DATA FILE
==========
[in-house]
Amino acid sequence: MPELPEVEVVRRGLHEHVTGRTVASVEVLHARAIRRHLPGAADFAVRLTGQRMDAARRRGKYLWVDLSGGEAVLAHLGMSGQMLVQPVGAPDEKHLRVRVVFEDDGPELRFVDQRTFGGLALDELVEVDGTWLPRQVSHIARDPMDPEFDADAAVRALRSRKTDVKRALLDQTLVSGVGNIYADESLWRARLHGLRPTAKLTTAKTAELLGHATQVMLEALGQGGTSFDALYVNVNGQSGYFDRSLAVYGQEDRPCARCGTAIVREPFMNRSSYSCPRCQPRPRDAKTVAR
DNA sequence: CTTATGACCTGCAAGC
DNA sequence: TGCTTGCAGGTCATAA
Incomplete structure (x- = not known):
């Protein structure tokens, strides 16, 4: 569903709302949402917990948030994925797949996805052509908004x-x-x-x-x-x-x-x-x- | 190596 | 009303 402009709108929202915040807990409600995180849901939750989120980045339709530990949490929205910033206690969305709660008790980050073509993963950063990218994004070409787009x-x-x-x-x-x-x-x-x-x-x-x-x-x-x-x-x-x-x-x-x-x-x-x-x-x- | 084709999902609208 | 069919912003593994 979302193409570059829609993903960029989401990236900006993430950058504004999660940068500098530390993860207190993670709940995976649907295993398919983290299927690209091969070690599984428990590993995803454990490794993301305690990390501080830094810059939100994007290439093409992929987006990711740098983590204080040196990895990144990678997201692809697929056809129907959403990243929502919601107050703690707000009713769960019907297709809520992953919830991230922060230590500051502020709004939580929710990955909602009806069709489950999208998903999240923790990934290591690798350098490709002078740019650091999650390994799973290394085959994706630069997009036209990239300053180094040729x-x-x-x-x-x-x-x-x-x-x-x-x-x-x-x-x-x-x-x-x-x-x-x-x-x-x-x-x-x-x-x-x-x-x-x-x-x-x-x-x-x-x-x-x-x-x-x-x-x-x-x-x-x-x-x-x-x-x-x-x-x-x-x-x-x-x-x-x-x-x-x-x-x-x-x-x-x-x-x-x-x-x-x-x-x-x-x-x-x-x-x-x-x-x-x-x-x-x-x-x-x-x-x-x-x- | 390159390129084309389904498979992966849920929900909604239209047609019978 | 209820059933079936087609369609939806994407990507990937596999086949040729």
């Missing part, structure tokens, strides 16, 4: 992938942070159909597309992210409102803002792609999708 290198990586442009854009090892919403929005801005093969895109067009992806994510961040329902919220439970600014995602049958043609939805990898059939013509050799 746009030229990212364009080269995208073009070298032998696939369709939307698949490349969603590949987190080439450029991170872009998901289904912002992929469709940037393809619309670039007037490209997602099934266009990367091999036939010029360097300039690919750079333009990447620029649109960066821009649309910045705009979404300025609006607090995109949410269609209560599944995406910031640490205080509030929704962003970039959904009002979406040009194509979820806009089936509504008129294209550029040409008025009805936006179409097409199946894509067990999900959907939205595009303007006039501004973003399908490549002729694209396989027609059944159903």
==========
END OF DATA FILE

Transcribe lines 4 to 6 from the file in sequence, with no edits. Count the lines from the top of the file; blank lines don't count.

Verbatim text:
DNA sequence: TGCTTGCAGGTCATAA
Incomplete structure (x- = not known):
């Protein structure tokens, strides 16, 4: 569903709302949402917990948030994925797949996805052509908004x-x-x-x-x-x-x-x-x- | 190596 | 009303 402009709108929202915040807990409600995180849901939750989120980045339709530990949490929205910033206690969305709660008790980050073509993963950063990218994004070409787009x-x-x-x-x-x-x-x-x-x-x-x-x-x-x-x-x-x-x-x-x-x-x-x-x-x- | 084709999902609208 | 069919912003593994 979302193409570059829609993903960029989401990236900006993430950058504004999660940068500098530390993860207190993670709940995976649907295993398919983290299927690209091969070690599984428990590993995803454990490794993301305690990390501080830094810059939100994007290439093409992929987006990711740098983590204080040196990895990144990678997201692809697929056809129907959403990243929502919601107050703690707000009713769960019907297709809520992953919830991230922060230590500051502020709004939580929710990955909602009806069709489950999208998903999240923790990934290591690798350098490709002078740019650091999650390994799973290394085959994706630069997009036209990239300053180094040729x-x-x-x-x-x-x-x-x-x-x-x-x-x-x-x-x-x-x-x-x-x-x-x-x-x-x-x-x-x-x-x-x-x-x-x-x-x-x-x-x-x-x-x-x-x-x-x-x-x-x-x-x-x-x-x-x-x-x-x-x-x-x-x-x-x-x-x-x-x-x-x-x-x-x-x-x-x-x-x-x-x-x-x-x-x-x-x-x-x-x-x-x-x-x-x-x-x-x-x-x-x-x-x-x-x- | 390159390129084309389904498979992966849920929900909604239209047609019978 | 209820059933079936087609369609939806994407990507990937596999086949040729």